Temperature dependence of the HartRAO pointing model

**Authors:**Copley, Charles Judd**Date:**2008**Subjects:**Astronomical instruments , Observatories -- South Africa , Telescopes , Astronomical observatories , Astronomy -- Data processing , Antennas (Electronics)**Language:**English**Type:**Thesis , Masters , MSc**Identifier:**vital:5491 , http://hdl.handle.net/10962/d1005277 , Astronomical instruments , Observatories -- South Africa , Telescopes , Astronomical observatories , Astronomy -- Data processing , Antennas (Electronics)**Description:**This thesis investigates control aspects of the Hartebeeshoek Radio Astronomy Observatory (HartRAO) antenna. The installation of a new 22 GHz receiver has required the pointing accuracy to be improved to less than 4 mdeg. The effect of thermal conditions on the the HartRAO antenna pointing offset is investigated using a variety of modelling techniques including simple geometric modelling, neural networks and Principal Component Analysis (PCA). Convincing results were obtained for the Declination pointing offset, where applying certain model predictions to observations resulted in an improvement in Declination pointing offset from 5.5 mdeg to 3.2 mdeg (≈50%). The Right Ascension pointing model was considerably less convincing with an improvement of approximately from 5.5 mdeg to 4.5 mdeg (≈20%) in the Right Ascension pointing offset. The Declination pointing offset can be modelled sufficiently well to reduce the pointing offset to less than 4 mdeg, however further investigation of the underlying causes is required for the Right Ascension pointing offset.**Full Text:**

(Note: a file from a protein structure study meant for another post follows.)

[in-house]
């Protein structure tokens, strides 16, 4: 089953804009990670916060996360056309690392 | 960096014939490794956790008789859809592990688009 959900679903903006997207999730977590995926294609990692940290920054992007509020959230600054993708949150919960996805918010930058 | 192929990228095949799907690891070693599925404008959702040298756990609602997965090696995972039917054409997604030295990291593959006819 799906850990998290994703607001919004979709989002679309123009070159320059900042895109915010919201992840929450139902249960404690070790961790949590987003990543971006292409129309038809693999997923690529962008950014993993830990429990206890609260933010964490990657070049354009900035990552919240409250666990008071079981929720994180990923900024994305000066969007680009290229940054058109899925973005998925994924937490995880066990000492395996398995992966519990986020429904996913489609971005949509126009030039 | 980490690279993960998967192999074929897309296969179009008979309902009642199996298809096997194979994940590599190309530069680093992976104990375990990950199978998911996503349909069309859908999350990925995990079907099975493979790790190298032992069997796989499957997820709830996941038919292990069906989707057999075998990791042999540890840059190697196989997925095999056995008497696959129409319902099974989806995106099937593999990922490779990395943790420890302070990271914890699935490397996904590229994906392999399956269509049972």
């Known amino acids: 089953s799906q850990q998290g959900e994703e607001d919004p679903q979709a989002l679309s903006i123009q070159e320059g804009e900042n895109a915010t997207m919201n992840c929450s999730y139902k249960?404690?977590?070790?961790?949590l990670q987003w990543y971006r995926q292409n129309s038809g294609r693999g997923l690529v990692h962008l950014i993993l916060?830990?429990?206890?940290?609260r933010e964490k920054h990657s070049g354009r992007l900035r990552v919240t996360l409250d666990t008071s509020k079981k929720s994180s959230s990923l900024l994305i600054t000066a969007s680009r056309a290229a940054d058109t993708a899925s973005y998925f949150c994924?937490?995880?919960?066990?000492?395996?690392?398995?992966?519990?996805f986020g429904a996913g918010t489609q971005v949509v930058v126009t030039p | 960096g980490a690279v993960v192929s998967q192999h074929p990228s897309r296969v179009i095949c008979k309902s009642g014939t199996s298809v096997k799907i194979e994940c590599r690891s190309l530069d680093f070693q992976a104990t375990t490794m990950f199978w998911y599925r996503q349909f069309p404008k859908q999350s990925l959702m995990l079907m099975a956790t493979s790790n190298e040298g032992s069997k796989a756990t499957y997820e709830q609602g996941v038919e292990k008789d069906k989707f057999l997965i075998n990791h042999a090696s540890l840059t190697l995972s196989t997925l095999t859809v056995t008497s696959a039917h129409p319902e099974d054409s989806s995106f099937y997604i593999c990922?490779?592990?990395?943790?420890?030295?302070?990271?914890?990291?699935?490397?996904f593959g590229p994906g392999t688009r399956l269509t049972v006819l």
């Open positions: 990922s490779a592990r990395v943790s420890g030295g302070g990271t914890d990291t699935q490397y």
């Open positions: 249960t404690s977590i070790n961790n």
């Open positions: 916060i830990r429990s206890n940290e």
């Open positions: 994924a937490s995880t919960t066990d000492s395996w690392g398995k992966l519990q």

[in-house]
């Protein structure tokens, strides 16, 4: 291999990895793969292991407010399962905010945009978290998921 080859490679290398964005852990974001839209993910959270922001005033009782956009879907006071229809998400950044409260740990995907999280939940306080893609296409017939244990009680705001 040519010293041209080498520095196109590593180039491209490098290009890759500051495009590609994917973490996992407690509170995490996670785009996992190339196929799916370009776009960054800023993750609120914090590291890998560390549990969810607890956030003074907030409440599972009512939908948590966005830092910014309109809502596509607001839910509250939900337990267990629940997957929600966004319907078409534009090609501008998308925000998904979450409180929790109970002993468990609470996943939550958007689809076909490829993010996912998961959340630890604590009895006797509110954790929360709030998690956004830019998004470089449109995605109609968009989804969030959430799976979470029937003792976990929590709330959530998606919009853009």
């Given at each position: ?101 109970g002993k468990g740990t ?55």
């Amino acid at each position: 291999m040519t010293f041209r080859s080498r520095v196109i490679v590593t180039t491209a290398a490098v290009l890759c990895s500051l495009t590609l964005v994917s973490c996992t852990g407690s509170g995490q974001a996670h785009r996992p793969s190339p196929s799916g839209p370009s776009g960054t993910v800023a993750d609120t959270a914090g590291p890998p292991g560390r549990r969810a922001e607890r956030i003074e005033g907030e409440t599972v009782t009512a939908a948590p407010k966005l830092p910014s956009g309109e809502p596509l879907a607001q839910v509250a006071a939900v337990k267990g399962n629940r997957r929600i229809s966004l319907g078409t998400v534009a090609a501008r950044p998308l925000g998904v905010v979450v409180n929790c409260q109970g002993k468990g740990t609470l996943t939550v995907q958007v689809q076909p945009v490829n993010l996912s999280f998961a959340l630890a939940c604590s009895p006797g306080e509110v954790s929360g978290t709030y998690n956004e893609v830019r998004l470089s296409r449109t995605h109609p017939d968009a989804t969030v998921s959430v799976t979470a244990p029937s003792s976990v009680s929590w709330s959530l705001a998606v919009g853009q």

**Authors:**Copley, Charles Judd**Date:**2008**Subjects:**Astronomical instruments , Observatories -- South Africa , Telescopes , Astronomical observatories , Astronomy -- Data processing , Antennas (Electronics)**Language:**English**Type:**Thesis , Masters , MSc**Identifier:**vital:5491 , http://hdl.handle.net/10962/d1005277 , Astronomical instruments , Observatories -- South Africa , Telescopes , Astronomical observatories , Astronomy -- Data processing , Antennas (Electronics)**Description:**This thesis investigates control aspects of the Hartebeeshoek Radio Astronomy Observatory (HartRAO) antenna. The installation of a new 22 GHz receiver has required the pointing accuracy to be improved to less than 4 mdeg. The effect of thermal conditions on the the HartRAO antenna pointing offset is investigated using a variety of modelling techniques including simple geometric modelling, neural networks and Principal Component Analysis (PCA). Convincing results were obtained for the Declination pointing offset, where applying certain model predictions to observations resulted in an improvement in Declination pointing offset from 5.5 mdeg to 3.2 mdeg (≈50%). The Right Ascension pointing model was considerably less convincing with an improvement of approximately from 5.5 mdeg to 4.5 mdeg (≈20%) in the Right Ascension pointing offset. The Declination pointing offset can be modelled sufficiently well to reduce the pointing offset to less than 4 mdeg, however further investigation of the underlying causes is required for the Right Ascension pointing offset.**Full Text:**